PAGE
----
My military background allowed me to take on a leadership role in my next position at the company. I was tasked with managing a very knowledgeable and skilled sales team that needed some structure. It was a great opportunity. I learned a different aspect of the company from a sales and customer perspective.
Being flexible and willing to take on a challenge was a huge factor for me. My manager trusted me (a 28-year-old) to lead a department of 45 people. I felt unqualified, but my manager trusted my ability. In the same way, I had to trust my team and lean on them for help.
From there, I transitioned into an engineering supervisory role. With each role, I got more exposure.
Eaton has a great system for identifying talent. As managers across the entire company, we look for talent and discuss our top-performers, and where they can fit for the best outcome.
What advice would you offer a veteran who is interested in advancing their position within an organization?
JM: Don’t be afraid to take a role as an individual contributor. I often see veterans who transition out of the military looking for supervisory roles. If you take an individual contributor role to start, you get the opportunity to learn the organization, the systems, and the equipment.
Most companies will promote talent, and you’ll work your way up quickly. Give your skillset time to be recognized by a civilian company. If you don’t, you may struggle to find your footing, and that’s not fair to you or the organization.
Consider taking a position that might be out of your comfort zone but can really highlight your skills and adaptability. Don’t discount a role that seems below your experience level; it might be what you need to be a top-performer and quickly move up in the organization.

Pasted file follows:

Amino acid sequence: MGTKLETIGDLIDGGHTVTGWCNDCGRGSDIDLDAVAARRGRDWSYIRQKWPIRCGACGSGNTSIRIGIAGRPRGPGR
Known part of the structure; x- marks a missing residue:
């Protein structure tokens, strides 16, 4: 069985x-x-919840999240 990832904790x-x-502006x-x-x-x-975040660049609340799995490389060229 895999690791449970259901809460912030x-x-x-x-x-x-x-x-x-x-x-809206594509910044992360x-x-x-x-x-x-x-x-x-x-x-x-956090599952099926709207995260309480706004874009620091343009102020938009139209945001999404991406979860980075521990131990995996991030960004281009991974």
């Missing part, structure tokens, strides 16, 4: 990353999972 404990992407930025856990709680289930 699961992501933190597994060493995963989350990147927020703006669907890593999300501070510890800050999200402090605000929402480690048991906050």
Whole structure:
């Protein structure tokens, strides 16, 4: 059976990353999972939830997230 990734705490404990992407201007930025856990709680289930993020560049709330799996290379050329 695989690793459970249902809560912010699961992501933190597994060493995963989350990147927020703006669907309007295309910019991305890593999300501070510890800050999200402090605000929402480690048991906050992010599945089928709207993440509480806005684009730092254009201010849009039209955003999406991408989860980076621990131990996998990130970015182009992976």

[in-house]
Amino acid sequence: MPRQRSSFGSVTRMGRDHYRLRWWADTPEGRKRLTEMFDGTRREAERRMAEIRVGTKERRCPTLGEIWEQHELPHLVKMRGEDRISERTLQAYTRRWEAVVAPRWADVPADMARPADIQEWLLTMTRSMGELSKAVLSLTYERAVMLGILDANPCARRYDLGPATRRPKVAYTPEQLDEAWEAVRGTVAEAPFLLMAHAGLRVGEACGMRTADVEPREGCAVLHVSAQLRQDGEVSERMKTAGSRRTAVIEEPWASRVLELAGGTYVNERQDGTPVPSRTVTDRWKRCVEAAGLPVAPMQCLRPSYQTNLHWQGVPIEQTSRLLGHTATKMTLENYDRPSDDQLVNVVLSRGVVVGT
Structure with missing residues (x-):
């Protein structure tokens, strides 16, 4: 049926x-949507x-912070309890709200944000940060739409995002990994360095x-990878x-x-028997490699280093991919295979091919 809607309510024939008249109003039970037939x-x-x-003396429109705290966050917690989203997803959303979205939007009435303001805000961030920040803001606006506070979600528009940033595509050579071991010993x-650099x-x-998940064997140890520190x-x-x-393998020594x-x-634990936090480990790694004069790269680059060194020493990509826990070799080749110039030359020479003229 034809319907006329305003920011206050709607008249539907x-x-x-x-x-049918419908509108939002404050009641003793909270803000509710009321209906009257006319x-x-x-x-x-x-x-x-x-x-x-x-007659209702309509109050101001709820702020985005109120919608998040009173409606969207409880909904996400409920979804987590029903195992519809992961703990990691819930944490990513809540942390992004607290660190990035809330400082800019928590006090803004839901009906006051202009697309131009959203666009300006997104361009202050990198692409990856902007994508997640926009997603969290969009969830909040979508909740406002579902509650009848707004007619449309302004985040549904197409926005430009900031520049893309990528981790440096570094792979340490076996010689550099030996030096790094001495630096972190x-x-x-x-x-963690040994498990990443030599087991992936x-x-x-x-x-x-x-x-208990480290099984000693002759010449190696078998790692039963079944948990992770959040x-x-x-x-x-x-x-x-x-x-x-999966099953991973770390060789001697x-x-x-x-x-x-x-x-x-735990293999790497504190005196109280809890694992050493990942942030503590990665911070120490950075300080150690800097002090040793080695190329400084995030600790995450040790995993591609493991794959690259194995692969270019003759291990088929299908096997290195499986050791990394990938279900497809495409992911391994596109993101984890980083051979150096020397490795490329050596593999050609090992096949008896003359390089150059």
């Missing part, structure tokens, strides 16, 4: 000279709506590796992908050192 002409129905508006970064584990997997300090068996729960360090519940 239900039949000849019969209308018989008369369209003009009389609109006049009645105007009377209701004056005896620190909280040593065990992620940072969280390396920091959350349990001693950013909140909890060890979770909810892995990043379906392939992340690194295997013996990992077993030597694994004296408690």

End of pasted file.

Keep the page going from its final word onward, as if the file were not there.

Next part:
Also, work hard. If you can maintain the level of hard work that you practiced in the military, you’ll outperform many of your civilian counterparts.
What does Eaton value as a company?
JM: Safety is first and foremost for us, which is right in line with military values. Diversity is also important, as we are an international company. Being able to work with a diverse group of people in dynamic situations is a skill that the military fosters and Eaton values greatly.
We’re looking for long-term employment at Eaton. We want our employees to have a career, not just a job.
What makes Eaton a good place for veterans?
JM: We have an employee resource group (ERG) dedicated to veterans. It creates that feeling of camaraderie that you get in the military, which many people miss when they transition out. We encourage veterans to be involved, but also people who work with veterans, which sets Eaton apart from other organizations.
We also connect with new veteran hires and mentor them one-on-one, to introduce them to Eaton and help them transition into the company.
What do you love about working at Eaton?
JM: I love my team. They are great at what they do, and we have a great mix of employees. Some are newer and bring the energy, and some have been here forever but maintain the same passion and dedication to serving our customers.
I love that, even as a manager, I’m not the expert in everything on my team. Everyone brings something unique to the table, and we can solve any problem if we’re working together.
The opportunities at Eaton are limitless. Eaton has given me the opportunity to excel professionally and personally. I get to do a job I love, but I also have time with my family. This career has surpassed everything I imagined I would do after the military.
By Elizabeth Stetler